On the other end, the most effective counterpunchers might be Chris Paul (who closed out the New Orleans Pelicans with a perfect 14-of-14 performance) and Deandre Ayton. Booker was the team’s leading scorer in the regular season, but he may be hampered by a hamstring injury, and Dallas doesn’t really have good answers for CP3 and Ayton.
Brunson, Dinwiddie and probably Josh Green will surely work to make things difficult for Paul, but none of them can speed him up or prevent him from getting to his spots.
As for Ayton, he’ll punish the Mavs’ small-ball lineups, particularly on the offensive glass. And if they don’t go to those looks often, he should still be able to find his shots against Dwight Powell and Kleber, neither of whom are bastions of defense around the rim (though Kleber is probably better on the perimeter than he’s given credit for).
Luka is a problem no one can solve, but the balance of the rest of this matchup favors Phoenix.
Prediction: Suns in seven
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Game 1 of this Western Conference semifinals between Golden State and Memphis had the potential to be tainted by a controversial ejection.
Late in the first half, Green wound up, made contact with Brandon Clarke’s face and got a handful of his jersey. Reaction to the decision to upgrade the foul to a flagrant-2 was, to say the least, spirited.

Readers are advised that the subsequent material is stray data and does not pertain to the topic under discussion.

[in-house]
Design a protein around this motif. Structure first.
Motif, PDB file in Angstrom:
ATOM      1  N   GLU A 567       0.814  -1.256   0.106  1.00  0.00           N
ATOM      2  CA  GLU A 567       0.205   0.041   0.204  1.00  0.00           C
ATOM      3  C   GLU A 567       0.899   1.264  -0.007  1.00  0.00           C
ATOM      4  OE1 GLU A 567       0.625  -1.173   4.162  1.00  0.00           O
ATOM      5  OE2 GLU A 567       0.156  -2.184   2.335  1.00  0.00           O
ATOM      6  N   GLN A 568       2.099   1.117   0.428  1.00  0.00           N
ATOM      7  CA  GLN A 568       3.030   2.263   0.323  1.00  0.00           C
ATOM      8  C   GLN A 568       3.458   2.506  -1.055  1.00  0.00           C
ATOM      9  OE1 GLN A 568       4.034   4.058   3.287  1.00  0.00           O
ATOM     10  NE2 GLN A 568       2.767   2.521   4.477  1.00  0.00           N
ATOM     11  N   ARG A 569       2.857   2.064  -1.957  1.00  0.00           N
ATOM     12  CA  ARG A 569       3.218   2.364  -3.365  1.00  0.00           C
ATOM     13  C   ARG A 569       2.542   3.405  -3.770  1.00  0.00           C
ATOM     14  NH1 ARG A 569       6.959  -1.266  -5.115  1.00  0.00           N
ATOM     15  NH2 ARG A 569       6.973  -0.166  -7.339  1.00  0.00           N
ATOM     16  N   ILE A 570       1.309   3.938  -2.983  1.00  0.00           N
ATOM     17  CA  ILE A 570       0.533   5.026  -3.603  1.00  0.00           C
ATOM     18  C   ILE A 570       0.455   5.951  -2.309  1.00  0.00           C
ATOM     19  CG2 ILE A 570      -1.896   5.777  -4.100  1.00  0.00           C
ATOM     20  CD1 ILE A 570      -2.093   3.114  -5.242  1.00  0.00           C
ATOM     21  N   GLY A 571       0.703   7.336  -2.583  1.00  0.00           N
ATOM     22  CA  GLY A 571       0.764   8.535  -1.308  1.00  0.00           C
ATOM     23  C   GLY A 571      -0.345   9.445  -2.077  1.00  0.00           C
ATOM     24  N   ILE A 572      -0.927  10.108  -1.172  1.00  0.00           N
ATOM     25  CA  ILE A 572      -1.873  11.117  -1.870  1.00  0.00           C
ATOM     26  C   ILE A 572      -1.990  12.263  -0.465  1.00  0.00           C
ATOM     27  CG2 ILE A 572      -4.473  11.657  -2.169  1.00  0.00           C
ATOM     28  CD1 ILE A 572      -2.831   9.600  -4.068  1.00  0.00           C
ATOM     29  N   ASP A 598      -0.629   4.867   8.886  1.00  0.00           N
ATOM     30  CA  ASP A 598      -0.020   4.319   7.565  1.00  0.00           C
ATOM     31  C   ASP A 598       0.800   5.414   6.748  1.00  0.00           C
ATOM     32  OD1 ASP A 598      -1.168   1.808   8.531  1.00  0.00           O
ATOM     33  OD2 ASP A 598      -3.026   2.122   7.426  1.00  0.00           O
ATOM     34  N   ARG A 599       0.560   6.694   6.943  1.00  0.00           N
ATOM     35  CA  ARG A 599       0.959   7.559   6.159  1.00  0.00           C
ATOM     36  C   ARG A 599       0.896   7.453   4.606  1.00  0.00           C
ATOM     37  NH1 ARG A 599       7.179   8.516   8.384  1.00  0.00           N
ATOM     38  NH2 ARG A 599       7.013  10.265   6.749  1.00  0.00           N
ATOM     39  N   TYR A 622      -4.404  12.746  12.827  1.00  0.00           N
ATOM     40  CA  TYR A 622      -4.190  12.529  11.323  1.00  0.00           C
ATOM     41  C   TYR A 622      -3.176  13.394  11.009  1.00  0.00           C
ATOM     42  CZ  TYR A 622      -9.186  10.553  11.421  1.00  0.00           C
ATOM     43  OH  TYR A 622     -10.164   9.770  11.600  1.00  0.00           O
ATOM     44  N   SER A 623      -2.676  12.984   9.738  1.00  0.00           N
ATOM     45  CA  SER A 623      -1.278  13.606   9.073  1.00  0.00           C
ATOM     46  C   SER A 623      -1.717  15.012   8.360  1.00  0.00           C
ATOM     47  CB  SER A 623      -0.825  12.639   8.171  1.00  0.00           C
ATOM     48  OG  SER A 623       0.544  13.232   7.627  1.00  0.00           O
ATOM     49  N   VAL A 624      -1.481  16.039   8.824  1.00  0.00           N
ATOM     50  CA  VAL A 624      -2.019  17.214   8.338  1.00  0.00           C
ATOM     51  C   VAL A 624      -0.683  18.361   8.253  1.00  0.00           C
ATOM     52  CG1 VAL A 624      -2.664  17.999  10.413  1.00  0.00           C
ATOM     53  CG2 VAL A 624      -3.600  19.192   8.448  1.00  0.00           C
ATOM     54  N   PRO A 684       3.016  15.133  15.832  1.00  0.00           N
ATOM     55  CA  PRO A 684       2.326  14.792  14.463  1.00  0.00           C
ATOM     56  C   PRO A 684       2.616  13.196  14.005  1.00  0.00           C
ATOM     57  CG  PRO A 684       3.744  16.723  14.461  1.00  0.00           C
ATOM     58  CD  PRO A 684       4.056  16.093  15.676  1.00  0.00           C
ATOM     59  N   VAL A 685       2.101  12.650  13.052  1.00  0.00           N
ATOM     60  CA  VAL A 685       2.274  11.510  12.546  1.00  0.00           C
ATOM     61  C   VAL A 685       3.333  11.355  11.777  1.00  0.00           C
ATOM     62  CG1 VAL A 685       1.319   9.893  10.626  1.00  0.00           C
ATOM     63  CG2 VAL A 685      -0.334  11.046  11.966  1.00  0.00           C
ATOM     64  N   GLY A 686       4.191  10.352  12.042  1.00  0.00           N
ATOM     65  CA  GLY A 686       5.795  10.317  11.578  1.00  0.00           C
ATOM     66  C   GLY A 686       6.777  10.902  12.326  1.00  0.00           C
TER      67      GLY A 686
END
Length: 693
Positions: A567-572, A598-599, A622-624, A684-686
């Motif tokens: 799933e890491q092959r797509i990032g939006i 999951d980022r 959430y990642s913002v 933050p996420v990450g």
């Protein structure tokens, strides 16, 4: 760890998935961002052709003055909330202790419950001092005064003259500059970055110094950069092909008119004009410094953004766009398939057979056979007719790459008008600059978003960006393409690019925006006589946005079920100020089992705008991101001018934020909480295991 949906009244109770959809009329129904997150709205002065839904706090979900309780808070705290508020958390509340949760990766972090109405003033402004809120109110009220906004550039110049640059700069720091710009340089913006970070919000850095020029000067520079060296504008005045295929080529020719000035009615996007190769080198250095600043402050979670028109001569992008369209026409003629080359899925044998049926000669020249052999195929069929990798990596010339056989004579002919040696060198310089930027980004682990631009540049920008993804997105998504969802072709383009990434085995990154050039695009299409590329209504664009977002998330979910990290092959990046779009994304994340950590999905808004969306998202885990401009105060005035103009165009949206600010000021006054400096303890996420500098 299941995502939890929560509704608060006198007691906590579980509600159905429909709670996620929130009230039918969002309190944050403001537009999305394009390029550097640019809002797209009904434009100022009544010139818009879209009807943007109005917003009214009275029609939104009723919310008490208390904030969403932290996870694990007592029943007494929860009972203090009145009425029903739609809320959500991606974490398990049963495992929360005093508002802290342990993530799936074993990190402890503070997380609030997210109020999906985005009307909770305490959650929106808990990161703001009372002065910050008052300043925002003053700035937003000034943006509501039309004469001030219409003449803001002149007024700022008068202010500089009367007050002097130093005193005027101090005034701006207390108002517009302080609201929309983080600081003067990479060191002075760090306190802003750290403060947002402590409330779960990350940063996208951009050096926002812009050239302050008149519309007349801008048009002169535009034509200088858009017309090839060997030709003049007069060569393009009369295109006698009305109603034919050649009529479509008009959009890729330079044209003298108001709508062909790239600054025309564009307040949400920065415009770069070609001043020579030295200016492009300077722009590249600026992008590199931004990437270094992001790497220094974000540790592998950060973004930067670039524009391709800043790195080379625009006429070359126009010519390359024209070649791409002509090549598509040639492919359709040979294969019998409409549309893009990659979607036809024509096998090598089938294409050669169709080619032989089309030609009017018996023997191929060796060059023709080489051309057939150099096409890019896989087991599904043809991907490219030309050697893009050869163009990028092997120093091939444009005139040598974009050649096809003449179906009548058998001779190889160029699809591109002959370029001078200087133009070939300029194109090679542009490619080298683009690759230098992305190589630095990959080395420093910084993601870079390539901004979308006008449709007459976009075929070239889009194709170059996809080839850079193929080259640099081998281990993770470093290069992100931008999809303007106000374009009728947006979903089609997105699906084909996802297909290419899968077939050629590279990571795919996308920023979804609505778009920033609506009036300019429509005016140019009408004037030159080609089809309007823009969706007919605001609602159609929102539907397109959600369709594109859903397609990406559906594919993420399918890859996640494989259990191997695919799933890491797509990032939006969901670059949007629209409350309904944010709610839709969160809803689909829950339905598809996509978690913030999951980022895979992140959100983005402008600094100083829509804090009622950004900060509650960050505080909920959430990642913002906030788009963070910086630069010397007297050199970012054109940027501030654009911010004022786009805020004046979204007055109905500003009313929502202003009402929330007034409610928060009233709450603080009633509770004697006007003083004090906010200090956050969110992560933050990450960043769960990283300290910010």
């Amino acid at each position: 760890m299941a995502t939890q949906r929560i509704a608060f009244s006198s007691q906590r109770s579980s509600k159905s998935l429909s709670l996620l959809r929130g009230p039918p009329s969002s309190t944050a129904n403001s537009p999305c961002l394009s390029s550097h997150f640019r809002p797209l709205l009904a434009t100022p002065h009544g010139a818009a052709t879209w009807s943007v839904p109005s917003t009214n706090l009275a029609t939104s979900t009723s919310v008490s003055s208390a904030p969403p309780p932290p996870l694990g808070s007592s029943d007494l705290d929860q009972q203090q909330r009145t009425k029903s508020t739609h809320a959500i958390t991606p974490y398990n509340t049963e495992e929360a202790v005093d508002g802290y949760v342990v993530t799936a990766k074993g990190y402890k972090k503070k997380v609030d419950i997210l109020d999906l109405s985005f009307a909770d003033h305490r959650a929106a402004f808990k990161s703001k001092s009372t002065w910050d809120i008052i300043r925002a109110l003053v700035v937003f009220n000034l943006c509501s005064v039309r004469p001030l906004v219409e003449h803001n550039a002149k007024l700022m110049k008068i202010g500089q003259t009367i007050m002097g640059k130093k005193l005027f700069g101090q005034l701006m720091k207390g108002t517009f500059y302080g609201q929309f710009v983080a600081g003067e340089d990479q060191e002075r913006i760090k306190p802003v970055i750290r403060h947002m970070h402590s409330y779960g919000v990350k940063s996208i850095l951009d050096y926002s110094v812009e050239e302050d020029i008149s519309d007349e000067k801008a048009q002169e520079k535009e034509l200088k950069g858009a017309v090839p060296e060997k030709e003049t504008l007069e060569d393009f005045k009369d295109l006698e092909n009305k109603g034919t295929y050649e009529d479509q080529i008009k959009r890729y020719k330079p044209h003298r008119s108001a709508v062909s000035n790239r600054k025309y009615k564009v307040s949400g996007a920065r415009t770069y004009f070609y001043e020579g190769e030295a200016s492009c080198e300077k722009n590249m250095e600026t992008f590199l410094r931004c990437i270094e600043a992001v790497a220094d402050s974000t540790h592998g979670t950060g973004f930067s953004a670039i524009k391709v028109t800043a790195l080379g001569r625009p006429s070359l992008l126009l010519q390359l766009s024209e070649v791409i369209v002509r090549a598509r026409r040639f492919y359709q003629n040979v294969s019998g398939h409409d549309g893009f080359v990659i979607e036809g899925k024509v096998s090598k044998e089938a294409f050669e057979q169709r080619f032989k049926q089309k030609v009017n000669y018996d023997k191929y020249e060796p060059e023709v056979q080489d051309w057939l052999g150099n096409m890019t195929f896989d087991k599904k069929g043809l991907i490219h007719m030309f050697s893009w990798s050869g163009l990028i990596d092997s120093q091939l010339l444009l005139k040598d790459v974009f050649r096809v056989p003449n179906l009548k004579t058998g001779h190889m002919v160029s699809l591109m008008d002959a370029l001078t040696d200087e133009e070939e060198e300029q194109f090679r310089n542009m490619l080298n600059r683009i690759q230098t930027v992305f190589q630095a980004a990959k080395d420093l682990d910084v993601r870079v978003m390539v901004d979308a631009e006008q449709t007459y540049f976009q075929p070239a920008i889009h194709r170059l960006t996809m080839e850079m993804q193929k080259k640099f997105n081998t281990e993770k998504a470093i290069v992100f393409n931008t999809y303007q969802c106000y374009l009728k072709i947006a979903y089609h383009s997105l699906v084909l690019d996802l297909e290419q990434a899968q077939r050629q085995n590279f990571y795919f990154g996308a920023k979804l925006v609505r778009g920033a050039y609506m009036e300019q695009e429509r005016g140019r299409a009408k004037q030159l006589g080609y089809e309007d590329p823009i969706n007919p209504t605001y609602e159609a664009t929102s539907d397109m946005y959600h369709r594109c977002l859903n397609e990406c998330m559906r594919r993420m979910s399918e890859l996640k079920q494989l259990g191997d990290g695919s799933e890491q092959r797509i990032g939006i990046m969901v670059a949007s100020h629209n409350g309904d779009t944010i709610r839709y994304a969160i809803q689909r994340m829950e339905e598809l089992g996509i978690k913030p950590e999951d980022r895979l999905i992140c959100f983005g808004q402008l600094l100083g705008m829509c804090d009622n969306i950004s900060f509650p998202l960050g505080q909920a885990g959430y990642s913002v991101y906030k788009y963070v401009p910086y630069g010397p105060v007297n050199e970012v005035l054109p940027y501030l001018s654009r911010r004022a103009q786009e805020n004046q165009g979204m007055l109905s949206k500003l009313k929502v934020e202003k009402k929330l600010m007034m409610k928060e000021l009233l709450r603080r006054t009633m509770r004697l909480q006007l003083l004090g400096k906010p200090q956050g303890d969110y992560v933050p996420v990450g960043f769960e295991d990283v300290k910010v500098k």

But even without their middle linebacker on defense and lead facilitator on offense, the Warriors came from behind to beat the Grizzlies in Memphis with a small-ball attack that could be even tougher to stop when Green is available for all four quarters.
In 38 minutes off the bench, Jordan Poole went for 31 points and nine assists. Stephen Curry added 24 points and five threes. Klay Thompson hits a pivotal three late. And Gary Payton II provided Swiss Army knife versatility on both ends of the floor with four offensive rebounds, three assists, a block and a steal.
Memphis has some impact defenders on the perimeter, including De’Anthony Melton and Dillon Brooks, but the amount of firepower and versatility the Warriors have outside looks ready to overwhelm them.
That doesn’t mean this series will be a cakewalk for Golden State, though.
Jaren Jackson Jr., who had 33 points in Game 1, looks like a matchup problem. If Draymond covers him out at the three-point line, driving lanes will be wider for Ja Morant. And though GPII probably has as good a shot as anyone on Morant, he showed he can still put up numbers against him (Ja had 34 points, 10 assists and nine rebounds Sunday).
Brooks and Desmond Bane, who combined to shoot 6-of-23 from the field, will surely have better games too.
But even with all those strengths, this series still feels like a big brother-little brother situation. Memphis isn’t quite ready to go shot for shot with a healthy Golden State, especially if Green is able to stay on the floor going forward.
Prediction: Warriors in six
Stats via Cleaning the Glass and Stathead unless otherwise noted.